Fishertown was started by William Fisher, a half-breed Creek who was born in Alabama and came to the Creek nation, Indian Territory, when he was a boy in 1847 and finished his education in the Shawnee Mission, Kansas. Leaving the Shawnee Mission in 1849 William Fisher returned to the Creek Nation and engaged in farming. In 1850 he was married to Sarah P. Lampkin, white and a native of Tennessee. In 1855 he established a small store at his place and that was the beginning of Fishertown. At the time of the outbreak of the Civil War he had established a good business and had a large stock of goods, but was obliged to desert his home and business on account of the conditions brought on by the war and lost everything. He joined the Confederate army, under Colonel McIntosh and continued in the service until the close of the War, holding the positions of sergeant and first lieutenant through the campaign. [Indian Pioneer History Project for Oklahoma, Date: July 1, 1937, Name: Bose Scott]
Afternoon we passed a village Fishertown in the Creek Nation. Crossed North Fork of Canadian River at four o'clock on a flat boat, full-blood Indian ferryman. Couldn't talke English at all. One mile farther on we came to a store kept by an old Negro, called Nero's store. He owns the ferry, store and blacksmith shop. We laid in our supplies of potatoes and corn to do us several days. Just a few hundred yards above Nero's store is the little town of Northfork Town,5 several stores and a postoffice. [Chronicles of Oklahoma, Volume 17, No. 3, September, 1939, DIARY OF JOSEPH A. EDMONDS, Edited by
James W. Moffitt]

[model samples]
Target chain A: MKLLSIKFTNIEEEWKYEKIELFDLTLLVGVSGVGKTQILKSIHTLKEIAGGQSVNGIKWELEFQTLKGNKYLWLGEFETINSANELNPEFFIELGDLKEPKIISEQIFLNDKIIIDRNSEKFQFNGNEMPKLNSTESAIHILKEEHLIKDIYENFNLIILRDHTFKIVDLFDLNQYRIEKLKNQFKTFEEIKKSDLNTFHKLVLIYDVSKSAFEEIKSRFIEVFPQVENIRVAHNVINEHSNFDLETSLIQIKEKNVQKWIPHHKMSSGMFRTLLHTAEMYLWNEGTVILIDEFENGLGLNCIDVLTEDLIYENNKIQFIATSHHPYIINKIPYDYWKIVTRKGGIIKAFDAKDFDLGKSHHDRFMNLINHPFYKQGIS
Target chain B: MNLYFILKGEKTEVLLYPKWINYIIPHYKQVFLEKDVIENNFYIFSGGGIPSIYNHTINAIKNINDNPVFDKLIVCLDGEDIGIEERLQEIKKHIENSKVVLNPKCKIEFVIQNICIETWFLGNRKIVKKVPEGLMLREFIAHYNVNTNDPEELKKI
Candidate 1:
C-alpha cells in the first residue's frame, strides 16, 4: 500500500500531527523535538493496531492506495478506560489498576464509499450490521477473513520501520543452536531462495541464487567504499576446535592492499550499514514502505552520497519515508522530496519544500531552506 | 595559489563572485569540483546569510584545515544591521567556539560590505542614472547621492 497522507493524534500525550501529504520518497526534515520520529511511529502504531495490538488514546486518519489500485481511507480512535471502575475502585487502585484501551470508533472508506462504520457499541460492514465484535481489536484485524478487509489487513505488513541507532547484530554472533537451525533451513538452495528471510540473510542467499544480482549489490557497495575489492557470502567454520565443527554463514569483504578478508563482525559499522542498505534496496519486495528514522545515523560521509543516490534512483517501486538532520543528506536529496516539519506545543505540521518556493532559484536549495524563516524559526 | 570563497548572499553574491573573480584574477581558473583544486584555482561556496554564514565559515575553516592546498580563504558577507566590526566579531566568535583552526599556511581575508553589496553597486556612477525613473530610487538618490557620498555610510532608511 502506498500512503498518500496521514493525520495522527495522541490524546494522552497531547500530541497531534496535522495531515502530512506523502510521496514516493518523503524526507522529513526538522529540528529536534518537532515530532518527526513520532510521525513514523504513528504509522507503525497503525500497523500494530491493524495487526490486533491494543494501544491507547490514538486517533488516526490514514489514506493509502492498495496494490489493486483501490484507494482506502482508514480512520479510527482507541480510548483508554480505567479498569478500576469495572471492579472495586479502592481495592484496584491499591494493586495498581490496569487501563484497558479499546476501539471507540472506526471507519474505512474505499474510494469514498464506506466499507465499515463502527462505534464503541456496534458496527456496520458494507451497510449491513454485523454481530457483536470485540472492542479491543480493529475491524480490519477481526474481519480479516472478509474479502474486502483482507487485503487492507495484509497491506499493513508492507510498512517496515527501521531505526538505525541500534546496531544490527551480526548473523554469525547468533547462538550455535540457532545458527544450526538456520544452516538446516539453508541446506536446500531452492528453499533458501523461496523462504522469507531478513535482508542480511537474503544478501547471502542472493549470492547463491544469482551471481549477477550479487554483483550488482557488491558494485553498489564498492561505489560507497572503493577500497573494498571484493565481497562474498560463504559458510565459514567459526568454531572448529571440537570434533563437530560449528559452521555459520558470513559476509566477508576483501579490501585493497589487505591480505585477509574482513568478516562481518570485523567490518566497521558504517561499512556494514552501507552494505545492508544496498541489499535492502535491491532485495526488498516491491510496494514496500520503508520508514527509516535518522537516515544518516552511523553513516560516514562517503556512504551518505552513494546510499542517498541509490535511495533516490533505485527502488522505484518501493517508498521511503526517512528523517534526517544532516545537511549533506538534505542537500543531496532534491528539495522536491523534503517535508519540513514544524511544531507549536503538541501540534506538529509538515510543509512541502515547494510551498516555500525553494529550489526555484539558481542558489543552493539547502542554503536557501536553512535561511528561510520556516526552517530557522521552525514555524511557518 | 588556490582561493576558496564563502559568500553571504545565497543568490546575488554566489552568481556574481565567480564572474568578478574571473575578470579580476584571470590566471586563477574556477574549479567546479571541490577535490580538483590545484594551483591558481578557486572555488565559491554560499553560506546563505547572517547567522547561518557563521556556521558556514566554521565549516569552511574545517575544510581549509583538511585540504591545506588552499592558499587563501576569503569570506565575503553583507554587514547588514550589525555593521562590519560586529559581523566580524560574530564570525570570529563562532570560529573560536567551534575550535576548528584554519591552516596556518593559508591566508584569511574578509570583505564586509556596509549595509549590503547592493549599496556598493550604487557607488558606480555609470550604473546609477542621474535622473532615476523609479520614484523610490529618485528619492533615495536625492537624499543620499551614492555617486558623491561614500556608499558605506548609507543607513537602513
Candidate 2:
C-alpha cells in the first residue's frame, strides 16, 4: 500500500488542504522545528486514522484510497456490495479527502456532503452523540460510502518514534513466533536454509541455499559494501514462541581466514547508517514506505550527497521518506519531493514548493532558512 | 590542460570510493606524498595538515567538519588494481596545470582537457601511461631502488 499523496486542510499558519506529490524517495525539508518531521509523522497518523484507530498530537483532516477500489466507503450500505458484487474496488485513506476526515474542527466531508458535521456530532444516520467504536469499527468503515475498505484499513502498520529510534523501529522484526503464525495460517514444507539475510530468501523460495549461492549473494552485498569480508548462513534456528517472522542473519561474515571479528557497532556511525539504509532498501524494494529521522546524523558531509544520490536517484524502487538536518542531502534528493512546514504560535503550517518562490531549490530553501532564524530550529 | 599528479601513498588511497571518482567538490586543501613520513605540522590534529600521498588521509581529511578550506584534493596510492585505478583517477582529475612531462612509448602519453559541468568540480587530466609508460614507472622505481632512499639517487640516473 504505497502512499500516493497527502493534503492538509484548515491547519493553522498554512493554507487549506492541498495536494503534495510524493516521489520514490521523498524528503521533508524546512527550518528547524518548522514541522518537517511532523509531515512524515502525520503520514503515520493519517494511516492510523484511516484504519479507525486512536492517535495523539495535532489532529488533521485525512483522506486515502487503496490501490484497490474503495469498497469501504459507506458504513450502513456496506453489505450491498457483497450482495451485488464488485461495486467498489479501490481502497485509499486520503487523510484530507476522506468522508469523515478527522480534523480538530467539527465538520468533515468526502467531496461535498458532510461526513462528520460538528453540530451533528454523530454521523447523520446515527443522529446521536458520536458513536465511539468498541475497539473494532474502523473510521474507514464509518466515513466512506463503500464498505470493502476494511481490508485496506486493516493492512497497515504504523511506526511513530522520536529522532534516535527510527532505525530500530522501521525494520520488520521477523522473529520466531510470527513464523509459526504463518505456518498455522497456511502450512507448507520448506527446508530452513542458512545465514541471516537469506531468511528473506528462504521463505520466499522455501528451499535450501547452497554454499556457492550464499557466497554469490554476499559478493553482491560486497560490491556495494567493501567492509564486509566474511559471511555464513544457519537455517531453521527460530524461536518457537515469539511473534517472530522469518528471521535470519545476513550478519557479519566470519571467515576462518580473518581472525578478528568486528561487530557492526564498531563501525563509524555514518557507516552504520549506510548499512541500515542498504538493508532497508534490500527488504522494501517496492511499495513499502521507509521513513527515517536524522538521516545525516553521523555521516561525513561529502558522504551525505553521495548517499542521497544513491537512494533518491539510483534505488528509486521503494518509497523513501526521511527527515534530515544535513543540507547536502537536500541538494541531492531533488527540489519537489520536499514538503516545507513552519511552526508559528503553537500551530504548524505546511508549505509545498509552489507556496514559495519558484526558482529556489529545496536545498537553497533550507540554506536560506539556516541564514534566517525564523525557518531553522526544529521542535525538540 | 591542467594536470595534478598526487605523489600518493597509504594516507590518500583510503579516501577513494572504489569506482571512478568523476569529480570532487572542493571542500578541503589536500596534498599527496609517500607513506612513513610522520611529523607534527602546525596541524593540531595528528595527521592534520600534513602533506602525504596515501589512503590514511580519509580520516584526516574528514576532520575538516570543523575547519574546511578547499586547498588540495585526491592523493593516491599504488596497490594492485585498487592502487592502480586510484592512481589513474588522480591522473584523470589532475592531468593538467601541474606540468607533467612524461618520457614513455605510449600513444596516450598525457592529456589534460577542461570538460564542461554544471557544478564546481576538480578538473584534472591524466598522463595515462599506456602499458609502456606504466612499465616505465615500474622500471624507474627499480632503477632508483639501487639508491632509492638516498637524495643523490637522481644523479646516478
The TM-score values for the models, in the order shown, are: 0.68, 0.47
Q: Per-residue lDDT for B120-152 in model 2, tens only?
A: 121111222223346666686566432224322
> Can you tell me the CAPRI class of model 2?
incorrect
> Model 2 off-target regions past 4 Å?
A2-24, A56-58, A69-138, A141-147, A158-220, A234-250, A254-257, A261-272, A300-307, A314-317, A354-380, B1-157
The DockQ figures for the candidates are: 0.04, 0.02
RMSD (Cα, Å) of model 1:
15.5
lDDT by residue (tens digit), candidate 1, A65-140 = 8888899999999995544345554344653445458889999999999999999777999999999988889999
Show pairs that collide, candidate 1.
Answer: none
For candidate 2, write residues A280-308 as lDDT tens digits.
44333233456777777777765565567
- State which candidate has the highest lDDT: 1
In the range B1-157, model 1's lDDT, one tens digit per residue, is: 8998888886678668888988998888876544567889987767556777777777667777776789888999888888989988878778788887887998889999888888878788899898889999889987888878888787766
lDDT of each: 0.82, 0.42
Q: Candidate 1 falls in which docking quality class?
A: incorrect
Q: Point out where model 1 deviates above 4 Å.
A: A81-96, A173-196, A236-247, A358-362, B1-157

HDQRS. INDIAN BRIGADE,
Fort Gibson, C. N., May 16, 1864.
Capt. MAXWELL PHILLIPS,
CAPT.: The enemy under Cooper have moved into Fishertown, a few
miles this side of North Fork Town.
Col. Adair, with 40 men, got back to Hillabee five days ago, his
horses run down, reporting 40 killed and all the rest deserted. It is
possible that some of his command are above. He led 300 or 400 men.
Move rapidly this way and keep a good lookout. We have not heard
from you for eight days. I send these messengers to put you on your
guard and to see if there are any bands below you or between you and
me. The Arkansas River is deep, past fording. Two boats have been up.
Send me word where you are. I want the command back.
By order of Col. William A. Phillips, commanding:
First Lieut. and Acting Assistant Adjutant-Gen.
[Official Records, Series I. Vol. 34. Part III, PAGE 629]
HDQRS. DISTRICT OF INDIAN TERRITORY,
Fort Towson, C. N., September 30, 1864.
On the 23d they had crossed and got twenty miles south of Arkansas
River and sixty miles west of Fort Gibson, from which point they could
reach Gen. Cooper's camp at Fishertown in one or two days.
Fishertown is four or five miles north of North Fork Town, on the Fort
[Official Records, Series I. Vol. 41. Part I, PAGE 778, Maxey to Boggs Sept 30, 1864]